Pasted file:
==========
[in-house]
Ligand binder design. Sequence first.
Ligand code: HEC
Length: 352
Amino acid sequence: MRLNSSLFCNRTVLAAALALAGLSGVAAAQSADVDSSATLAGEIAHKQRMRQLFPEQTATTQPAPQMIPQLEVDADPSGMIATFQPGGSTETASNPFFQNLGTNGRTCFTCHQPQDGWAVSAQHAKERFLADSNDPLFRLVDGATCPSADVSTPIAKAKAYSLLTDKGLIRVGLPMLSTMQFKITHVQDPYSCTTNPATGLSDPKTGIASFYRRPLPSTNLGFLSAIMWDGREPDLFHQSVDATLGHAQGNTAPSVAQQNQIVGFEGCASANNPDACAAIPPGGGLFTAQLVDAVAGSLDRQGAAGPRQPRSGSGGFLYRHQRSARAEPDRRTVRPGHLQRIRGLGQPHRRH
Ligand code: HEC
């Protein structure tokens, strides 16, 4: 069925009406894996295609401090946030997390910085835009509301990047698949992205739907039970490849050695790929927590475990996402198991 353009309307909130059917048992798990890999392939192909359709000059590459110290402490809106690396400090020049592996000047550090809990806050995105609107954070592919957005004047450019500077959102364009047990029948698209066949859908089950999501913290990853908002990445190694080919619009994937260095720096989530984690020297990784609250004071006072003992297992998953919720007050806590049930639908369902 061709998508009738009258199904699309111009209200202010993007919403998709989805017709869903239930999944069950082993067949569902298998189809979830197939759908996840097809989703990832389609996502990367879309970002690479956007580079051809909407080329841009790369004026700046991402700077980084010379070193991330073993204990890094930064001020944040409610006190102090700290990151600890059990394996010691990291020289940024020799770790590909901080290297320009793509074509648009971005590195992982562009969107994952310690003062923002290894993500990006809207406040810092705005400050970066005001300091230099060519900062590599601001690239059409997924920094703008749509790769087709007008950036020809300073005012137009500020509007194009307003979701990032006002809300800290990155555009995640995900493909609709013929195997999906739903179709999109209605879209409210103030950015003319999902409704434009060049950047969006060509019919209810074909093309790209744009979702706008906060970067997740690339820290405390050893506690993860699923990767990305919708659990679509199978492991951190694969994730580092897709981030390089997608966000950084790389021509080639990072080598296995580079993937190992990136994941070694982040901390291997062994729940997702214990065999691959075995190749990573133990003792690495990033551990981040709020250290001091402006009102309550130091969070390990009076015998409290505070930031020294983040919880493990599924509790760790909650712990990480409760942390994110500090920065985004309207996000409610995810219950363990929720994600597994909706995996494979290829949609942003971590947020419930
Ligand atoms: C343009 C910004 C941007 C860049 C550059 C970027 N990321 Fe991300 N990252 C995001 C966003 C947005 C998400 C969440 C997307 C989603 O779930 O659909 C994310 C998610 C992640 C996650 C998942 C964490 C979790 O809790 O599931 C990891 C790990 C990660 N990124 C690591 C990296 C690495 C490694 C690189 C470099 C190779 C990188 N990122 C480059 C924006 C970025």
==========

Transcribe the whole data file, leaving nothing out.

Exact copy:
[in-house]
Ligand binder design. Sequence first.
Ligand code: HEC
Length: 352
Amino acid sequence: MRLNSSLFCNRTVLAAALALAGLSGVAAAQSADVDSSATLAGEIAHKQRMRQLFPEQTATTQPAPQMIPQLEVDADPSGMIATFQPGGSTETASNPFFQNLGTNGRTCFTCHQPQDGWAVSAQHAKERFLADSNDPLFRLVDGATCPSADVSTPIAKAKAYSLLTDKGLIRVGLPMLSTMQFKITHVQDPYSCTTNPATGLSDPKTGIASFYRRPLPSTNLGFLSAIMWDGREPDLFHQSVDATLGHAQGNTAPSVAQQNQIVGFEGCASANNPDACAAIPPGGGLFTAQLVDAVAGSLDRQGAAGPRQPRSGSGGFLYRHQRSARAEPDRRTVRPGHLQRIRGLGQPHRRH
Ligand code: HEC
């Protein structure tokens, strides 16, 4: 069925009406894996295609401090946030997390910085835009509301990047698949992205739907039970490849050695790929927590475990996402198991 353009309307909130059917048992798990890999392939192909359709000059590459110290402490809106690396400090020049592996000047550090809990806050995105609107954070592919957005004047450019500077959102364009047990029948698209066949859908089950999501913290990853908002990445190694080919619009994937260095720096989530984690020297990784609250004071006072003992297992998953919720007050806590049930639908369902 061709998508009738009258199904699309111009209200202010993007919403998709989805017709869903239930999944069950082993067949569902298998189809979830197939759908996840097809989703990832389609996502990367879309970002690479956007580079051809909407080329841009790369004026700046991402700077980084010379070193991330073993204990890094930064001020944040409610006190102090700290990151600890059990394996010691990291020289940024020799770790590909901080290297320009793509074509648009971005590195992982562009969107994952310690003062923002290894993500990006809207406040810092705005400050970066005001300091230099060519900062590599601001690239059409997924920094703008749509790769087709007008950036020809300073005012137009500020509007194009307003979701990032006002809300800290990155555009995640995900493909609709013929195997999906739903179709999109209605879209409210103030950015003319999902409704434009060049950047969006060509019919209810074909093309790209744009979702706008906060970067997740690339820290405390050893506690993860699923990767990305919708659990679509199978492991951190694969994730580092897709981030390089997608966000950084790389021509080639990072080598296995580079993937190992990136994941070694982040901390291997062994729940997702214990065999691959075995190749990573133990003792690495990033551990981040709020250290001091402006009102309550130091969070390990009076015998409290505070930031020294983040919880493990599924509790760790909650712990990480409760942390994110500090920065985004309207996000409610995810219950363990929720994600597994909706995996494979290829949609942003971590947020419930
Ligand atoms: C343009 C910004 C941007 C860049 C550059 C970027 N990321 Fe991300 N990252 C995001 C966003 C947005 C998400 C969440 C997307 C989603 O779930 O659909 C994310 C998610 C992640 C996650 C998942 C964490 C979790 O809790 O599931 C990891 C790990 C990660 N990124 C690591 C990296 C690495 C490694 C690189 C470099 C190779 C990188 N990122 C480059 C924006 C970025």